Moostash Joe Tours

This edition of Take 5 talks with Joey Spellerberg, the second-generation leader of this Fremont, Nebraska-based company.

[embedyt] https://www.youtube.com/watch?v=5dlNuZ9CeC8[/embedyt]

Click the play button to watch the entire interview

Fremont, Nebraska-based Moostash Joe Tours is a regional powerhouse, operating upwards of 150 group trips annually. This 45-year-old company has withstood various economic downturns, but none like the current situation. 

The tour company focuses mostly on retail tours, with a variety of trips ranging from one to 15 days. Over the years they’ve grown to develop both cruises and overseas tours.

“Our goal right now is to weather the storm,” said Spellerberg. “Be patient, waiting is the hardest thing right now,” he continued. “But when this breaks we’re going to have a lot of demand.”

Being a regional operator, Moostash is a little more agile than the big tour operators. “Our goal is to operate maybe a dozen trips between now and the end of the year,” said Spellerberg. “We can look at our tours and pick a couple that we’re able to operate. We have relaxed our cancellation policy.”

As an example, they have a group of 20 heading up to Minnesota in August for a five-day fishing trip. All participants have signed an updated liability form and they will have assigned seating on the motorcoach. “They have expressed interest and we don’t see any reason why we wouldn’t operate the trip at this point,” said Spellerberg.

Moostash also has a group ready for the Kentucky Derby and possibly Colorado. “It’s all a matter of if we can put a tour together that has restaurants, rest stops, and it’s going to take some revisions of our itineraries, but if we have people who have signed up and paid and states are open, we’re ready to go.”

Another unique nature of regional operators is their personal relationship with customers. “I think we’re as close to our customers as anybody,” Spellerberg said. “People that are still signed up for tours through the end of the year, they really want to go and are disappointed with trips that are being cancelled. He estimates that 25% of customers want to go no matter what. Another 25% might not go in the next couple years, they are going to wait it out. And roughly 50% are waiting to see what happens. As sentiment begins to change – the company believes customers will be ready to go.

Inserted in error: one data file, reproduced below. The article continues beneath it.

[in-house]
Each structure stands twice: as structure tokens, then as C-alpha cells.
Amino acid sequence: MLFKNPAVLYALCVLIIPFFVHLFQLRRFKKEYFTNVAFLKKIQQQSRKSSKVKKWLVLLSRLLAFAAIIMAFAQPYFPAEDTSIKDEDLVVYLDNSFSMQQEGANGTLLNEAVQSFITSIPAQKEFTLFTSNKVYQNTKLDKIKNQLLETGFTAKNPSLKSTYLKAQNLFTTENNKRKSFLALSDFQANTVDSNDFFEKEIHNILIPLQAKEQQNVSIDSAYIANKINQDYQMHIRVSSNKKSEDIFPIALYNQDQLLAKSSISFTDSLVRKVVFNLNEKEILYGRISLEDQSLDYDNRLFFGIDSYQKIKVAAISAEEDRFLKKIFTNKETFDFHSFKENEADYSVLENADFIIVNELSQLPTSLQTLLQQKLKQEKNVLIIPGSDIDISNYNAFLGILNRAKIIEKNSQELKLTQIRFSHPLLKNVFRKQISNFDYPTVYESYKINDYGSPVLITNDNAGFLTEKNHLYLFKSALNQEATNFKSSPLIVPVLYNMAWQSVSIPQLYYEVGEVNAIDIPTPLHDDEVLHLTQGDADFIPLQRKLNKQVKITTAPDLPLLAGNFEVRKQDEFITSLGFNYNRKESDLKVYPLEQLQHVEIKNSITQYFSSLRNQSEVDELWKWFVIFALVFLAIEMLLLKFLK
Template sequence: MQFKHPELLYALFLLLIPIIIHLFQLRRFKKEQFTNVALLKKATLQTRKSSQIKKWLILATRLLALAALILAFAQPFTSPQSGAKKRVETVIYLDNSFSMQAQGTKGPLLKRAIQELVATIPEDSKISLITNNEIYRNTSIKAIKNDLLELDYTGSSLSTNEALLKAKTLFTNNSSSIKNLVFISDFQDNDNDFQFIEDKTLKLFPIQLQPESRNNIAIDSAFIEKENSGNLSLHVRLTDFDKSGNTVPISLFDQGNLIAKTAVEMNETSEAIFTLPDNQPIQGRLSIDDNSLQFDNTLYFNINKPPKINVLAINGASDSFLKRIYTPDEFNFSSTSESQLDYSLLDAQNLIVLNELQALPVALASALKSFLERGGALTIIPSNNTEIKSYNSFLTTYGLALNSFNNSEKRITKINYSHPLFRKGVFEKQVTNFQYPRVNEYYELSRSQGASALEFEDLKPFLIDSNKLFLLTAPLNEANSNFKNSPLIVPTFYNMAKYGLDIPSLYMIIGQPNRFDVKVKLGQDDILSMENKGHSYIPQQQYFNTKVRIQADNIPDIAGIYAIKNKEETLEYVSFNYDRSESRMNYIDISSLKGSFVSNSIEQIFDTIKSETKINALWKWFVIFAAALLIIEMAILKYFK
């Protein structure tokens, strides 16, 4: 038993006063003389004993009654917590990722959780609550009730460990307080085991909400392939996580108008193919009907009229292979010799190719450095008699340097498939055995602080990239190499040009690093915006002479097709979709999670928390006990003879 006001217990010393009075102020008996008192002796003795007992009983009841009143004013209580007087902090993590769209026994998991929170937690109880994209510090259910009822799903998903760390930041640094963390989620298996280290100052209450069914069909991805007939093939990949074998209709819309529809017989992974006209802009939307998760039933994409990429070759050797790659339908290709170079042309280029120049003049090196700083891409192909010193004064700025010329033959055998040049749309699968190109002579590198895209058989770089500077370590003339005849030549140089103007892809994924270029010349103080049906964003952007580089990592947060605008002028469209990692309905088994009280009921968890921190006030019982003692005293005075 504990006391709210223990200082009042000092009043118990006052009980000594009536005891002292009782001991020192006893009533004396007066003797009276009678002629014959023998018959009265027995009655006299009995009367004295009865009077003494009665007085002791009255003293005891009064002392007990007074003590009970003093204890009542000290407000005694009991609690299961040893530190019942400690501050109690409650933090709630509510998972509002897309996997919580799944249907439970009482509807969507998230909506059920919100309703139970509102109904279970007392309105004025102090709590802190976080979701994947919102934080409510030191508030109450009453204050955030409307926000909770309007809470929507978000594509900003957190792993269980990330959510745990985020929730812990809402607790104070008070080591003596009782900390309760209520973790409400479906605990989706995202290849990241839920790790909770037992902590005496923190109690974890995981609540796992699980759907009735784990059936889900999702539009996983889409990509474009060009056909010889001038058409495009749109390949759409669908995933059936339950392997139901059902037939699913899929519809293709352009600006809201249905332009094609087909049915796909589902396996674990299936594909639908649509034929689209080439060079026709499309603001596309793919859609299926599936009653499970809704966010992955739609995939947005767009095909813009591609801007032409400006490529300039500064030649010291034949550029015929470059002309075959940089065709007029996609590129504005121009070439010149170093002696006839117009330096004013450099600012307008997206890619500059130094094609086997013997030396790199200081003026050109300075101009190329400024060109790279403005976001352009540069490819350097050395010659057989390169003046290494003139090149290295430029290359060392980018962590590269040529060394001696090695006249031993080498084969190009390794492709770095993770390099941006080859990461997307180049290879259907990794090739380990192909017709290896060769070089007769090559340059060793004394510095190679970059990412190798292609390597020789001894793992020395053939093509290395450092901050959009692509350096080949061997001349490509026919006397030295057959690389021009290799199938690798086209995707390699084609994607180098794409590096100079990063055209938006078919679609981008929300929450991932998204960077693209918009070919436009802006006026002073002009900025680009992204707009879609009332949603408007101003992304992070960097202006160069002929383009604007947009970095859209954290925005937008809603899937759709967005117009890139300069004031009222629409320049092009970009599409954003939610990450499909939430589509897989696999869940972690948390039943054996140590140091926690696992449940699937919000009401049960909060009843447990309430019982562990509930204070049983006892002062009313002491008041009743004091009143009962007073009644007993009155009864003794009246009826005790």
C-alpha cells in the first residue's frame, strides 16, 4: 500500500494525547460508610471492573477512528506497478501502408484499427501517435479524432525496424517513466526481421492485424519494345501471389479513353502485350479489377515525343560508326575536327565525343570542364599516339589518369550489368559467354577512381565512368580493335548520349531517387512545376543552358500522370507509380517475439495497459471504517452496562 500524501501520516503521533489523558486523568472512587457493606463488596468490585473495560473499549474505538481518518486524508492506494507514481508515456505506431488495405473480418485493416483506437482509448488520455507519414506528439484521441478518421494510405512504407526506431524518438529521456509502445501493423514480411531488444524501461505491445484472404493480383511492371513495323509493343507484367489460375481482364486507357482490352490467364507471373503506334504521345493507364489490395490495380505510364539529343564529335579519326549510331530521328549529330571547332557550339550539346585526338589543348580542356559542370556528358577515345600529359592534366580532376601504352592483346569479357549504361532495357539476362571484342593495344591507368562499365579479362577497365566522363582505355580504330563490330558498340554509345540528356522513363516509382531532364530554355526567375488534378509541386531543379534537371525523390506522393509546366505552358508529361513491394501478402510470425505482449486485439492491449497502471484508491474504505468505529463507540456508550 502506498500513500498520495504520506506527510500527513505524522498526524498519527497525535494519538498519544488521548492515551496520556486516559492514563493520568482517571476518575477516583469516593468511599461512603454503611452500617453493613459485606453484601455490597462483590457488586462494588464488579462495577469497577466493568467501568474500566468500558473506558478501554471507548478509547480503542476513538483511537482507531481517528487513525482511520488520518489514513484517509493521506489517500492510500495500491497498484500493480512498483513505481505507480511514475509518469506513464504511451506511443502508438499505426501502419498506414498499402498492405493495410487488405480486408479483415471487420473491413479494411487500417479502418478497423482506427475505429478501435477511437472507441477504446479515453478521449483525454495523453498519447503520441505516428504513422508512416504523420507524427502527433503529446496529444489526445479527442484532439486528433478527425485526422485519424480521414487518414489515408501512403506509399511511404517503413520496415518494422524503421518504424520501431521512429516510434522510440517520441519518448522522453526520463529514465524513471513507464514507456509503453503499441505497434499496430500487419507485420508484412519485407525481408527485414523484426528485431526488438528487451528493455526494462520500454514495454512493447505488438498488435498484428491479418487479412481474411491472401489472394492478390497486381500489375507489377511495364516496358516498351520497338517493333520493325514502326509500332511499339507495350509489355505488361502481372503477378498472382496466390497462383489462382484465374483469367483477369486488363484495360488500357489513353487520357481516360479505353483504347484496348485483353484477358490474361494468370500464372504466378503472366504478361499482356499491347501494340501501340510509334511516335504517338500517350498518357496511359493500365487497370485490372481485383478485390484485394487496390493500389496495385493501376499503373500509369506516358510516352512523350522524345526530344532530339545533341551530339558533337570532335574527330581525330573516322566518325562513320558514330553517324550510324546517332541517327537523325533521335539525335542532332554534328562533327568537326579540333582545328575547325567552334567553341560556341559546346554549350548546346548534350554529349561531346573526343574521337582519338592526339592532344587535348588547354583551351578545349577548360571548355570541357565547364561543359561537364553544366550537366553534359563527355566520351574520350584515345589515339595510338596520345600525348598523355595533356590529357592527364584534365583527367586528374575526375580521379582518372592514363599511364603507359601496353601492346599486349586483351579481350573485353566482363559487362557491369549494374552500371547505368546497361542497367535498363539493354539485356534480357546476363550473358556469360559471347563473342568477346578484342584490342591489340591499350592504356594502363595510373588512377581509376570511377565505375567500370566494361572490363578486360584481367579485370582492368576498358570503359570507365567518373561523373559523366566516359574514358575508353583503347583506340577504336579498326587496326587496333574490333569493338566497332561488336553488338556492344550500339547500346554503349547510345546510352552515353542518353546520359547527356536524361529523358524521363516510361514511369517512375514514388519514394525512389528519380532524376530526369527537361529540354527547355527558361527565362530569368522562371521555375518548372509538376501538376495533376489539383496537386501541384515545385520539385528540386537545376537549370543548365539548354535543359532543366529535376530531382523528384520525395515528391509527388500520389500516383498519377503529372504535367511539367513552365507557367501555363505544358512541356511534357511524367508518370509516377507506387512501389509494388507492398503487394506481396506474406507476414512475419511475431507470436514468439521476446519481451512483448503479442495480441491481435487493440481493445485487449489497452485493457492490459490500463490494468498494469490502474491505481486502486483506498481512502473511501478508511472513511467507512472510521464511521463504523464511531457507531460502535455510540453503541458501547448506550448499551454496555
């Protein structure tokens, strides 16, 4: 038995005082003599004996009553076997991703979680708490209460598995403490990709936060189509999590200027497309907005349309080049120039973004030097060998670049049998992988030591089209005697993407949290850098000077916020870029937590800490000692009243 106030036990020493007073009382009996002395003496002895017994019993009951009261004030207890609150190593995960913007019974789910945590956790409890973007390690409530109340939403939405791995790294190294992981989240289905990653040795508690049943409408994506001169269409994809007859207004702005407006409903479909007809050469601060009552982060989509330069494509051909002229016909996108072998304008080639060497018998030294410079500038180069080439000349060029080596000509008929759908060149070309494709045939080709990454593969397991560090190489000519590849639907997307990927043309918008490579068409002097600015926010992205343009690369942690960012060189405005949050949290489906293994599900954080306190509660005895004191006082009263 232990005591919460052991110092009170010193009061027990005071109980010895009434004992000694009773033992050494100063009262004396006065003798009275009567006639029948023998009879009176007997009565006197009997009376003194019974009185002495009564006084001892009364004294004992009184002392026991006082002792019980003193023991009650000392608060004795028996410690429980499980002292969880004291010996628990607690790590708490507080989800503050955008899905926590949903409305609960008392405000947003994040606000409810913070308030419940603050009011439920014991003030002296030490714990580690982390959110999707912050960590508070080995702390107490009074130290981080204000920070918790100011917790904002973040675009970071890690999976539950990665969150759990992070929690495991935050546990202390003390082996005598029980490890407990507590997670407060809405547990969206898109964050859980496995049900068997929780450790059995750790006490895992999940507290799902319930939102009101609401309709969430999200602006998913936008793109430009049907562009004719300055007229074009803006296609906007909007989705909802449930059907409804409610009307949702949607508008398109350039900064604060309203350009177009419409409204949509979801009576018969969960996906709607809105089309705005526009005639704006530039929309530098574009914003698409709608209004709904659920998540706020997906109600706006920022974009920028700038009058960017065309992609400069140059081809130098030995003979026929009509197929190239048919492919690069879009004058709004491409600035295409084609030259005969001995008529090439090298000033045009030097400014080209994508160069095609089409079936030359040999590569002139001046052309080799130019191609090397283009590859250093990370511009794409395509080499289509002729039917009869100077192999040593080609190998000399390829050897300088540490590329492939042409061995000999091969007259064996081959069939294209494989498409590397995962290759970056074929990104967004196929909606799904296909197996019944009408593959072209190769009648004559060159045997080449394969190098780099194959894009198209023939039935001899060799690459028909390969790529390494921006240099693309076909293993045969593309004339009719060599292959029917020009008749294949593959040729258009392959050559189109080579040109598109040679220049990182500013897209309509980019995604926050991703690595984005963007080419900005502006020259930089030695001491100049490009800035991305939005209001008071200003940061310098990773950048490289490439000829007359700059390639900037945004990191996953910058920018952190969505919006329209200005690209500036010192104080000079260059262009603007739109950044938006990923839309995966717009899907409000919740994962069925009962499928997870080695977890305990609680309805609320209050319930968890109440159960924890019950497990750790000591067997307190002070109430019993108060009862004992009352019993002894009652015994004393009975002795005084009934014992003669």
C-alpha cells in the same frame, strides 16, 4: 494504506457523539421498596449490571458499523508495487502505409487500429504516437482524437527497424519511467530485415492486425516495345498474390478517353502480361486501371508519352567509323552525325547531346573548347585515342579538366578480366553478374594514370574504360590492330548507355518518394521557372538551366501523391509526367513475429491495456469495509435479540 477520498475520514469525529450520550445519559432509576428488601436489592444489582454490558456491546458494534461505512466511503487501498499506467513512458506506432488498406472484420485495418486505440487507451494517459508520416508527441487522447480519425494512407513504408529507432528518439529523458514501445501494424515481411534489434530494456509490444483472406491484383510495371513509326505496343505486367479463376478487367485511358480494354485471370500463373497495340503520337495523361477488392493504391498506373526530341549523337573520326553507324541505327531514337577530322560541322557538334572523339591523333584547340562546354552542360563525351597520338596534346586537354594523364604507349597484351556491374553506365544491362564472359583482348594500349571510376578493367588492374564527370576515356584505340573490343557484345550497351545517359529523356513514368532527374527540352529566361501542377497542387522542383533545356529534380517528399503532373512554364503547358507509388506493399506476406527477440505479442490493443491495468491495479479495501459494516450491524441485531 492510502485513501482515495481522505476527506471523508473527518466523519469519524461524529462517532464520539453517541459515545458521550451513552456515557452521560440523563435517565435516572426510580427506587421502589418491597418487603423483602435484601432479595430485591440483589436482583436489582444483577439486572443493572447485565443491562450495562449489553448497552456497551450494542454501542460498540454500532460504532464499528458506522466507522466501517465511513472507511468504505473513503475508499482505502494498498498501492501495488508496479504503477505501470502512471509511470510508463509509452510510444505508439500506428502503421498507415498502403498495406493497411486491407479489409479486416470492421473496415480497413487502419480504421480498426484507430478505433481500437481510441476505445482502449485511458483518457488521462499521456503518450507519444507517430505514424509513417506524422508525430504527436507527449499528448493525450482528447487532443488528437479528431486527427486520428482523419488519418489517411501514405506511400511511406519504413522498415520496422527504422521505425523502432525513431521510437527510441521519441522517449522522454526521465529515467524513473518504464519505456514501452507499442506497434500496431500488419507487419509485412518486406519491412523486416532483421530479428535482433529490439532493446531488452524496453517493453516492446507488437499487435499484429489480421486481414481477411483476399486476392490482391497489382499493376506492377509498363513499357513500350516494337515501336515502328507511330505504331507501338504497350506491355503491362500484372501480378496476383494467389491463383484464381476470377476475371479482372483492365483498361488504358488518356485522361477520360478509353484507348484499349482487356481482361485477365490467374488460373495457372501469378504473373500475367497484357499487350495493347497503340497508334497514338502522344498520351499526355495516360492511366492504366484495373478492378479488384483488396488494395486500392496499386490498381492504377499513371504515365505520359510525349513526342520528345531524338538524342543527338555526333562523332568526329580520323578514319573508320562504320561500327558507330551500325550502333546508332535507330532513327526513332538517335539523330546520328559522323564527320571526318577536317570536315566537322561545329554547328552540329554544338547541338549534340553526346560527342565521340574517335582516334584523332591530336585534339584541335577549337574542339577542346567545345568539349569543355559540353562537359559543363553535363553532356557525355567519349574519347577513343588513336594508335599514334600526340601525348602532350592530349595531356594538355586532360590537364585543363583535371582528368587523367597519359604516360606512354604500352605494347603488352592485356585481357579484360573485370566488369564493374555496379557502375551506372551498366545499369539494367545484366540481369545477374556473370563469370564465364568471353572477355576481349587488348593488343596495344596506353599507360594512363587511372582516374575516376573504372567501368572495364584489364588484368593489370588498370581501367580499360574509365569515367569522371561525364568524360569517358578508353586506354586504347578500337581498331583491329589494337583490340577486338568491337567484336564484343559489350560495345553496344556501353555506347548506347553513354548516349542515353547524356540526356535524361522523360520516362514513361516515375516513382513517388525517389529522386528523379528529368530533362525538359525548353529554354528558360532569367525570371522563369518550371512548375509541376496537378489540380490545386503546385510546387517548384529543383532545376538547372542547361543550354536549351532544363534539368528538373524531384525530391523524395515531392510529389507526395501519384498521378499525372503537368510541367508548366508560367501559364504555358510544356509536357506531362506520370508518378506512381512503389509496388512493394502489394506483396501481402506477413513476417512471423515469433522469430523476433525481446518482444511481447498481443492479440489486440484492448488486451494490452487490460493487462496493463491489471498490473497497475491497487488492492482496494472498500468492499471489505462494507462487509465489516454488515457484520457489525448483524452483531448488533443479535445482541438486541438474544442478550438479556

“We’re planning our 2021 schedule normally. It’s going to break so you have to stick to your plan and work your business and eventually whenever it breaks people start booking again. You’re going to want to have inventory,” said Spellerberg, who’s particularly optimistic about next summer and fall.

The firm isn’t changing up their product line, feeling they have a good mix of products in place that are ready to reboot.

Spellerberg said, “Reassurance from our suppliers and DMOs is going to be huge coming out of this.” Clients will need to know that the destination is ready for them, things are open, and if something is closed they need to know.

As for what they’re focusing on going forward, the company is going back to their roots. “Obviously cruises are going to be tough in the first quarter, international is going to be tough. We’re getting back to our niche – domestic motorcoach trips – that’s what our bread and butter has been. We’re going back to our roots.”

“We’ll be back and stronger than ever. We just gotta be patient and hang in there.”

Personally, this has been an eventful year for the Spellerbergs as they’ve welcomed their third child and Joey is running for mayor of his hometown of Fremont, Nebraska. Good luck!